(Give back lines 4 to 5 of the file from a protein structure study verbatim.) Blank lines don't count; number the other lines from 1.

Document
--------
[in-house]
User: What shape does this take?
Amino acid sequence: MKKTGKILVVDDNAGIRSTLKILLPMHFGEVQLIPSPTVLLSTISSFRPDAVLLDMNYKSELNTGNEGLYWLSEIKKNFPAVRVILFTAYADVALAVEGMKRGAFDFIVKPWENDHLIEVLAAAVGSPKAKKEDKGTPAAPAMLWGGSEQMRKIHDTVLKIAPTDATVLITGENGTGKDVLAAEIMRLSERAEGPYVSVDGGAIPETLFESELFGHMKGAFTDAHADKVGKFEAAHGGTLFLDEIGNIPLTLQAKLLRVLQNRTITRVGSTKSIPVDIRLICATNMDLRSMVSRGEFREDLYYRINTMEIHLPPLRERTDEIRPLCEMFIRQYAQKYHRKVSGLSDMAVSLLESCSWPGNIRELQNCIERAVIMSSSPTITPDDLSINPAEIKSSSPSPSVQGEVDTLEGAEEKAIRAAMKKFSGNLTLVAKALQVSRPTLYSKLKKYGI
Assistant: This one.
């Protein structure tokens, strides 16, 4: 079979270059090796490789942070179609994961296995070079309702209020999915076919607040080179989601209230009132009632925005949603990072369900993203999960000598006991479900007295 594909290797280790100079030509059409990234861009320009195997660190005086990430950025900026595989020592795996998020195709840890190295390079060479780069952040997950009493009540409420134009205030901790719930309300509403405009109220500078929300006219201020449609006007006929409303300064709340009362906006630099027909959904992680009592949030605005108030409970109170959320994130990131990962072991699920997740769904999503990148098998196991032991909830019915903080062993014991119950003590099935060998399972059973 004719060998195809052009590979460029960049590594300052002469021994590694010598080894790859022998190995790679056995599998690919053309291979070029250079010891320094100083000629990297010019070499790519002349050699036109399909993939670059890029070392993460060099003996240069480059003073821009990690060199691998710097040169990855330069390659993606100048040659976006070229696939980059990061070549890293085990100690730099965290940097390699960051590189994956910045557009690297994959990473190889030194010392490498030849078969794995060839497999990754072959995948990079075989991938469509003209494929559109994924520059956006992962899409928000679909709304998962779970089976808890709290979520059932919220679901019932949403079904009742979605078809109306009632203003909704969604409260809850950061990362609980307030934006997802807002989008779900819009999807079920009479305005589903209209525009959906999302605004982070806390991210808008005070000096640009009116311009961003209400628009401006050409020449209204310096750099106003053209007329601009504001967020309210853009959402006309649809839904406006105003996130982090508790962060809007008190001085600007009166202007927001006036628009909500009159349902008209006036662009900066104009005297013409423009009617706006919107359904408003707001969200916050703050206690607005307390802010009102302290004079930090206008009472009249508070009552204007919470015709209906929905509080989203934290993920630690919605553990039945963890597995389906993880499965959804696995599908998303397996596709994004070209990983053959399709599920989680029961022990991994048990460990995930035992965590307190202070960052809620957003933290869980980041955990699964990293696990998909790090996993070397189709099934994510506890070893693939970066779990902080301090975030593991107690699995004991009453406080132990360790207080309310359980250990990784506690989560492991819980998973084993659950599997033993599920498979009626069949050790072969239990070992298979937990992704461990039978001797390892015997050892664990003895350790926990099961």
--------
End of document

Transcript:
Assistant: This one.
């Protein structure tokens, strides 16, 4: 079979270059090796490789942070179609994961296995070079309702209020999915076919607040080179989601209230009132009632925005949603990072369900993203999960000598006991479900007295 594909290797280790100079030509059409990234861009320009195997660190005086990430950025900026595989020592795996998020195709840890190295390079060479780069952040997950009493009540409420134009205030901790719930309300509403405009109220500078929300006219201020449609006007006929409303300064709340009362906006630099027909959904992680009592949030605005108030409970109170959320994130990131990962072991699920997740769904999503990148098998196991032991909830019915903080062993014991119950003590099935060998399972059973 004719060998195809052009590979460029960049590594300052002469021994590694010598080894790859022998190995790679056995599998690919053309291979070029250079010891320094100083000629990297010019070499790519002349050699036109399909993939670059890029070392993460060099003996240069480059003073821009990690060199691998710097040169990855330069390659993606100048040659976006070229696939980059990061070549890293085990100690730099965290940097390699960051590189994956910045557009690297994959990473190889030194010392490498030849078969794995060839497999990754072959995948990079075989991938469509003209494929559109994924520059956006992962899409928000679909709304998962779970089976808890709290979520059932919220679901019932949403079904009742979605078809109306009632203003909704969604409260809850950061990362609980307030934006997802807002989008779900819009999807079920009479305005589903209209525009959906999302605004982070806390991210808008005070000096640009009116311009961003209400628009401006050409020449209204310096750099106003053209007329601009504001967020309210853009959402006309649809839904406006105003996130982090508790962060809007008190001085600007009166202007927001006036628009909500009159349902008209006036662009900066104009005297013409423009009617706006919107359904408003707001969200916050703050206690607005307390802010009102302290004079930090206008009472009249508070009552204007919470015709209906929905509080989203934290993920630690919605553990039945963890597995389906993880499965959804696995599908998303397996596709994004070209990983053959399709599920989680029961022990991994048990460990995930035992965590307190202070960052809620957003933290869980980041955990699964990293696990998909790090996993070397189709099934994510506890070893693939970066779990902080301090975030593991107690699995004991009453406080132990360790207080309310359980250990990784506690989560492991819980998973084993659950599997033993599920498979009626069949050790072969239990070992298979937990992704461990039978001797390892015997050892664990003895350790926990099961």